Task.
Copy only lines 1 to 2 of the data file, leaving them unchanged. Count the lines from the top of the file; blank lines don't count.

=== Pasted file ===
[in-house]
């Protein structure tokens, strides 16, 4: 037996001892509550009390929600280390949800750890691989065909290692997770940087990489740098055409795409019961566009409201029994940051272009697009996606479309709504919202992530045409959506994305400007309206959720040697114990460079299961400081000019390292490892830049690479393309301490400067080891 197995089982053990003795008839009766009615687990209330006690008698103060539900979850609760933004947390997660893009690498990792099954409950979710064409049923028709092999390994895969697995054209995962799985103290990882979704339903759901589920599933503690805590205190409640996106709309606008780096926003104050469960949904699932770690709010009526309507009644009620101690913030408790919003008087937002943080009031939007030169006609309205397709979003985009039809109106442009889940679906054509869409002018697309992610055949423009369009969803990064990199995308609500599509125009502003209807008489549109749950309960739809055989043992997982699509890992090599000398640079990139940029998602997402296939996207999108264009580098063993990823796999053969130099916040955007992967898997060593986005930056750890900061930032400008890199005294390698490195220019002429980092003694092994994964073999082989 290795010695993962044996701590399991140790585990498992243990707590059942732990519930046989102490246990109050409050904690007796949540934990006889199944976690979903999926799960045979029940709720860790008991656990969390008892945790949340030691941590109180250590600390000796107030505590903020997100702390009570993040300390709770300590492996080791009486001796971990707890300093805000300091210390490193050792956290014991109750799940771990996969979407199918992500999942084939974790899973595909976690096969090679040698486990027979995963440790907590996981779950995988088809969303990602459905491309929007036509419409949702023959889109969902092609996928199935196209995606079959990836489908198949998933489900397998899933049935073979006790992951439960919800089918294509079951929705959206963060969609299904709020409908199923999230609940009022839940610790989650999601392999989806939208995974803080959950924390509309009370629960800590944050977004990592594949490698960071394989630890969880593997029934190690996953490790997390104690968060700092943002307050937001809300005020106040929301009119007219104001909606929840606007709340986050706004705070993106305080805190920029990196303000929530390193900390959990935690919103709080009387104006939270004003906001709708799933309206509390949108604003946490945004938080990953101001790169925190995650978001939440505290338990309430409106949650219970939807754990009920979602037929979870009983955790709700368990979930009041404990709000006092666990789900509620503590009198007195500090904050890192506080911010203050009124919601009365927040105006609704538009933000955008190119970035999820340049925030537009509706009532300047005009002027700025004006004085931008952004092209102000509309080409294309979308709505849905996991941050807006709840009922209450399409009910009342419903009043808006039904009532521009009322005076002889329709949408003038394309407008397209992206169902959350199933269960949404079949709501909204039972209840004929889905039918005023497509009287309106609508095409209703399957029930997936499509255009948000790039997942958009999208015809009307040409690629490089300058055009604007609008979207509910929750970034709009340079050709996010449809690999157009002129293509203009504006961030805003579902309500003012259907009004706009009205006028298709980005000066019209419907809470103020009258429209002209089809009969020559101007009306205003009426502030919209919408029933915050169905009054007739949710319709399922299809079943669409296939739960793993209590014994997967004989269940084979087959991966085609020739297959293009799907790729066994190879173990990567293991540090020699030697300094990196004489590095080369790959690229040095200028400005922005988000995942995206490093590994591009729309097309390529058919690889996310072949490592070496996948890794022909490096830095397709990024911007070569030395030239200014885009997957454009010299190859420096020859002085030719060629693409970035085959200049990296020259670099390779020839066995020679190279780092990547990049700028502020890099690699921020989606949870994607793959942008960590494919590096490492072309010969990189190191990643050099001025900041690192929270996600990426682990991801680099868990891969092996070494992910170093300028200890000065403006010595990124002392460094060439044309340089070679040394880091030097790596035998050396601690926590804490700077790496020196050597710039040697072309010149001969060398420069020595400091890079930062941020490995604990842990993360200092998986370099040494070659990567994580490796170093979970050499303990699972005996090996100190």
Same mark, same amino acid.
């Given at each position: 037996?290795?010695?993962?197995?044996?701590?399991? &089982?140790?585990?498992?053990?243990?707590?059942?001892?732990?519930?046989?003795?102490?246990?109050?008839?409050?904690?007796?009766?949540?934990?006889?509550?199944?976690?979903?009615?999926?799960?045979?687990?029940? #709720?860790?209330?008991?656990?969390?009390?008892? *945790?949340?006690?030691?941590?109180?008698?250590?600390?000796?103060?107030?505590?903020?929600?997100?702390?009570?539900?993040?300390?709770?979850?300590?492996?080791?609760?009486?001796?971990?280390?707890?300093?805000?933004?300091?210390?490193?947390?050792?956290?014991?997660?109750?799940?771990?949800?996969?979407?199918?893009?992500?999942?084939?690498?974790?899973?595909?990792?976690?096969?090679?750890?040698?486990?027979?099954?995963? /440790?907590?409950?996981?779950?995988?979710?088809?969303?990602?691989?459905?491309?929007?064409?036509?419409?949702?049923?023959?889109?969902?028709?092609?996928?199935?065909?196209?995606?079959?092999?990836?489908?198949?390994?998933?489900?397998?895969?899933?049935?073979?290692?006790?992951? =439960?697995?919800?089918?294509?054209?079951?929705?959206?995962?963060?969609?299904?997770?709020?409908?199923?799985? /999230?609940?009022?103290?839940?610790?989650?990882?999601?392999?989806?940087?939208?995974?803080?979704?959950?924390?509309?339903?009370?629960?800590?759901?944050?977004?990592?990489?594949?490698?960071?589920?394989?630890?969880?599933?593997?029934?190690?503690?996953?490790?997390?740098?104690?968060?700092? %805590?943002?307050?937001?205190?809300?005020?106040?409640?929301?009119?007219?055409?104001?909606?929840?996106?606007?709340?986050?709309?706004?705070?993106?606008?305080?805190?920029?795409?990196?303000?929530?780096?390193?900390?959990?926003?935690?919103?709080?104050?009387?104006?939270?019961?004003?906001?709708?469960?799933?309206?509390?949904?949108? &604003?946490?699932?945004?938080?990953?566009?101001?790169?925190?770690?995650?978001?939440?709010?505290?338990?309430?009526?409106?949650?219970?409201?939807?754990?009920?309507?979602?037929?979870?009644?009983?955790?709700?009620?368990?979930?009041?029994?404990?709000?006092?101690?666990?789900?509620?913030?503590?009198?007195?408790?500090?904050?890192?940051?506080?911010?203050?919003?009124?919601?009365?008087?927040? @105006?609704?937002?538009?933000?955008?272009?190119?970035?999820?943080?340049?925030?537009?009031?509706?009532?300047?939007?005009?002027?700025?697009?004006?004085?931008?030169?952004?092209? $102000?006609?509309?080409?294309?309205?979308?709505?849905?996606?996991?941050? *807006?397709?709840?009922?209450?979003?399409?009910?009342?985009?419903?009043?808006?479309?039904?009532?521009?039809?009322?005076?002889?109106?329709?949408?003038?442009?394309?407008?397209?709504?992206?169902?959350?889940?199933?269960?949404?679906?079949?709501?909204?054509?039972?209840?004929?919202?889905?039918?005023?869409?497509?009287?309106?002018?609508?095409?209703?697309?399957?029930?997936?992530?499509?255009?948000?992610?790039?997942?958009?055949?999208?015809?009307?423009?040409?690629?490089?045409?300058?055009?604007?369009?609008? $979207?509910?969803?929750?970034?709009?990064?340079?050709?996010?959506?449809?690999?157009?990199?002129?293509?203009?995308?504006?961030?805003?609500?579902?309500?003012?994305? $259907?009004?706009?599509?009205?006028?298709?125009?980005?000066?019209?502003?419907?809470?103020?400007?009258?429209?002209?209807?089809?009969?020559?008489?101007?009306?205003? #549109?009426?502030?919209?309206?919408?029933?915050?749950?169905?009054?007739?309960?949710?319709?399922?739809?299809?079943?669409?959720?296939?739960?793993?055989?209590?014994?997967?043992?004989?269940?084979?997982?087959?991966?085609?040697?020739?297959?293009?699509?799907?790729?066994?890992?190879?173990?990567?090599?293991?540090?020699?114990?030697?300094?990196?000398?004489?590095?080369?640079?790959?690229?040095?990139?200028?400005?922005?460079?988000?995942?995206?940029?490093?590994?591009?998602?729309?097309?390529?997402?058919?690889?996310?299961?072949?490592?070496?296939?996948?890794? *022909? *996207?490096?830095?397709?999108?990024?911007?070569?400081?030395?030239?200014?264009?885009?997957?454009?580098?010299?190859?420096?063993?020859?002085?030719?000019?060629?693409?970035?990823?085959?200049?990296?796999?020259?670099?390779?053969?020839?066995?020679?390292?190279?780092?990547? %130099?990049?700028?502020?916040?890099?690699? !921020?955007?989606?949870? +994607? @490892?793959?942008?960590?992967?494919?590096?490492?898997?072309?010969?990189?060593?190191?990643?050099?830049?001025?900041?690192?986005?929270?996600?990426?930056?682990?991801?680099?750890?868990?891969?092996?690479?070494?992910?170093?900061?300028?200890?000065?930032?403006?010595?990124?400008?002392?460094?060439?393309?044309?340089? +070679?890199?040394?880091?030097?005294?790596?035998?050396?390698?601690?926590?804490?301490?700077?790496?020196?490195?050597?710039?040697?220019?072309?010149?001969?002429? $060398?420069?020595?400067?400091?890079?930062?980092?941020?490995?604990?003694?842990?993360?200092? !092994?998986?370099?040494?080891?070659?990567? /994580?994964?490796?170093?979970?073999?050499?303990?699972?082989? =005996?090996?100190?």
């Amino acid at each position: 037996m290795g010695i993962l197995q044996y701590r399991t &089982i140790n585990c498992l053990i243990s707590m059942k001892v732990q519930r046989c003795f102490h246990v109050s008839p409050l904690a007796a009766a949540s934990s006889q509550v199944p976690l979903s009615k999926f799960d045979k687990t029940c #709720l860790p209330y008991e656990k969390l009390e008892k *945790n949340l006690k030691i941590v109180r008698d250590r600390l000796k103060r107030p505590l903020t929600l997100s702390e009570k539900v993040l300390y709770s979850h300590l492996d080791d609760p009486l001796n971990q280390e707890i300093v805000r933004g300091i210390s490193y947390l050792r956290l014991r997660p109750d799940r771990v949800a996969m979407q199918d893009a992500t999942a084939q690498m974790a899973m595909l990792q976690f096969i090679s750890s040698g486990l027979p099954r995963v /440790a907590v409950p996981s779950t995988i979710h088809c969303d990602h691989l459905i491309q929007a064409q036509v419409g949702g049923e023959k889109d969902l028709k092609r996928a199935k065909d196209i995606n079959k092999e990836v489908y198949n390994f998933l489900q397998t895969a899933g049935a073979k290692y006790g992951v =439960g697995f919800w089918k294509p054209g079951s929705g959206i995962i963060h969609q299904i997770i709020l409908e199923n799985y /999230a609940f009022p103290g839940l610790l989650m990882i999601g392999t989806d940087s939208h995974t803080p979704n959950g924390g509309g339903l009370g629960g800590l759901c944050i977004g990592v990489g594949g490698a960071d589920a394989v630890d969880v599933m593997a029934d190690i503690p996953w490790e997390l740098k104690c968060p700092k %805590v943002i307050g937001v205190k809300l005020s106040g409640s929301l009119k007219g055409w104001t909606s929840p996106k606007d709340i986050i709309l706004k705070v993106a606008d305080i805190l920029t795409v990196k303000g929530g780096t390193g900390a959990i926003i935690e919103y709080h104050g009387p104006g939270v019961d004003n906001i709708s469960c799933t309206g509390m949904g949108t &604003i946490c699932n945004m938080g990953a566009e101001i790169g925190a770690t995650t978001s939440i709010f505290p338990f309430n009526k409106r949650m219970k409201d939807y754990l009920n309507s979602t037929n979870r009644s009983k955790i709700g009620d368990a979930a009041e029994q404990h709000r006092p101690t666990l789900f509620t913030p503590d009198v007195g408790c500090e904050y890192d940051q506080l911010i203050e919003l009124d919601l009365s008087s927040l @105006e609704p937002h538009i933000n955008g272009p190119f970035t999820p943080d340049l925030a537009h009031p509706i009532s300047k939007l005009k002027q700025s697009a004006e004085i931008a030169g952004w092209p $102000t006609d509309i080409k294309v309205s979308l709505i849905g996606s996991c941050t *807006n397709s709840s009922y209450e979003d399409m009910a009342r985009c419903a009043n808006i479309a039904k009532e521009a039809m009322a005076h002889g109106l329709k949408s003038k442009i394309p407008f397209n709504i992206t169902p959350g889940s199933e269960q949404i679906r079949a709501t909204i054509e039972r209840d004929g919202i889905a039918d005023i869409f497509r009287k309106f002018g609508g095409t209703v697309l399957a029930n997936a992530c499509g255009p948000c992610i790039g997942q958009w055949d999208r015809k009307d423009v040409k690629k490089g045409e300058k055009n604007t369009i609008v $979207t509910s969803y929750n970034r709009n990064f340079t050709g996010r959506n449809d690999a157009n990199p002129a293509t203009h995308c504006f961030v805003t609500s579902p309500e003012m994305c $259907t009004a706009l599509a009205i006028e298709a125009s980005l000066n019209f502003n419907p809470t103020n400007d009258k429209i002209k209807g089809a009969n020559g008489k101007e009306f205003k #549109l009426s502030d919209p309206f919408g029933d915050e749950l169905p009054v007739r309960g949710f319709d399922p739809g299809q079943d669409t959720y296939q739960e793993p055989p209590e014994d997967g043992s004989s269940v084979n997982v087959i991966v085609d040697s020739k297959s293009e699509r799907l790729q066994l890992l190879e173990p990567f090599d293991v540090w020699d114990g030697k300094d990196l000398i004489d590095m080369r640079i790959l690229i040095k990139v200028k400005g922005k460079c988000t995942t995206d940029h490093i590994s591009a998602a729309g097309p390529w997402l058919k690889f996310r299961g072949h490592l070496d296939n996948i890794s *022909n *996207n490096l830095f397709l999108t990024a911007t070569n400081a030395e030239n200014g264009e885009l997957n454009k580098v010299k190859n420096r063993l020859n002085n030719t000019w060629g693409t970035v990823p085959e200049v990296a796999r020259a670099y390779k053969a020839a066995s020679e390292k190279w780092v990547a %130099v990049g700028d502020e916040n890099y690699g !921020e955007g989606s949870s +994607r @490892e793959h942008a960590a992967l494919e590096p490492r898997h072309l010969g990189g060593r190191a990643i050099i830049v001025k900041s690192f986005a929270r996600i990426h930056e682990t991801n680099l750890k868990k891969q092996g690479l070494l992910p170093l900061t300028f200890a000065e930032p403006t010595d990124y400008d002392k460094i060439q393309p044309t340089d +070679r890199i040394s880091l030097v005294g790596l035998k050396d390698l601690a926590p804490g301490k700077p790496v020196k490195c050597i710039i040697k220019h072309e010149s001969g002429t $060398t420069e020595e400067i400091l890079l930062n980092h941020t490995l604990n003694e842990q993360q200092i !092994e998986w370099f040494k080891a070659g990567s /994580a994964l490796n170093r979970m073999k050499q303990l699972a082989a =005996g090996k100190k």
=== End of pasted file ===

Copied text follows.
[in-house]
């Protein structure tokens, strides 16, 4: 037996001892509550009390929600280390949800750890691989065909290692997770940087990489740098055409795409019961566009409201029994940051272009697009996606479309709504919202992530045409959506994305400007309206959720040697114990460079299961400081000019390292490892830049690479393309301490400067080891 197995089982053990003795008839009766009615687990209330006690008698103060539900979850609760933004947390997660893009690498990792099954409950979710064409049923028709092999390994895969697995054209995962799985103290990882979704339903759901589920599933503690805590205190409640996106709309606008780096926003104050469960949904699932770690709010009526309507009644009620101690913030408790919003008087937002943080009031939007030169006609309205397709979003985009039809109106442009889940679906054509869409002018697309992610055949423009369009969803990064990199995308609500599509125009502003209807008489549109749950309960739809055989043992997982699509890992090599000398640079990139940029998602997402296939996207999108264009580098063993990823796999053969130099916040955007992967898997060593986005930056750890900061930032400008890199005294390698490195220019002429980092003694092994994964073999082989 290795010695993962044996701590399991140790585990498992243990707590059942732990519930046989102490246990109050409050904690007796949540934990006889199944976690979903999926799960045979029940709720860790008991656990969390008892945790949340030691941590109180250590600390000796107030505590903020997100702390009570993040300390709770300590492996080791009486001796971990707890300093805000300091210390490193050792956290014991109750799940771990996969979407199918992500999942084939974790899973595909976690096969090679040698486990027979995963440790907590996981779950995988088809969303990602459905491309929007036509419409949702023959889109969902092609996928199935196209995606079959990836489908198949998933489900397998899933049935073979006790992951439960919800089918294509079951929705959206963060969609299904709020409908199923999230609940009022839940610790989650999601392999989806939208995974803080959950924390509309009370629960800590944050977004990592594949490698960071394989630890969880593997029934190690996953490790997390104690968060700092943002307050937001809300005020106040929301009119007219104001909606929840606007709340986050706004705070993106305080805190920029990196303000929530390193900390959990935690919103709080009387104006939270004003906001709708799933309206509390949108604003946490945004938080990953101001790169925190995650978001939440505290338990309430409106949650219970939807754990009920979602037929979870009983955790709700368990979930009041404990709000006092666990789900509620503590009198007195500090904050890192506080911010203050009124919601009365927040105006609704538009933000955008190119970035999820340049925030537009509706009532300047005009002027700025004006004085931008952004092209102000509309080409294309979308709505849905996991941050807006709840009922209450399409009910009342419903009043808006039904009532521009009322005076002889329709949408003038394309407008397209992206169902959350199933269960949404079949709501909204039972209840004929889905039918005023497509009287309106609508095409209703399957029930997936499509255009948000790039997942958009999208015809009307040409690629490089300058055009604007609008979207509910929750970034709009340079050709996010449809690999157009002129293509203009504006961030805003579902309500003012259907009004706009009205006028298709980005000066019209419907809470103020009258429209002209089809009969020559101007009306205003009426502030919209919408029933915050169905009054007739949710319709399922299809079943669409296939739960793993209590014994997967004989269940084979087959991966085609020739297959293009799907790729066994190879173990990567293991540090020699030697300094990196004489590095080369790959690229040095200028400005922005988000995942995206490093590994591009729309097309390529058919690889996310072949490592070496996948890794022909490096830095397709990024911007070569030395030239200014885009997957454009010299190859420096020859002085030719060629693409970035085959200049990296020259670099390779020839066995020679190279780092990547990049700028502020890099690699921020989606949870994607793959942008960590494919590096490492072309010969990189190191990643050099001025900041690192929270996600990426682990991801680099868990891969092996070494992910170093300028200890000065403006010595990124002392460094060439044309340089070679040394880091030097790596035998050396601690926590804490700077790496020196050597710039040697072309010149001969060398420069020595400091890079930062941020490995604990842990993360200092998986370099040494070659990567994580490796170093979970050499303990699972005996090996100190």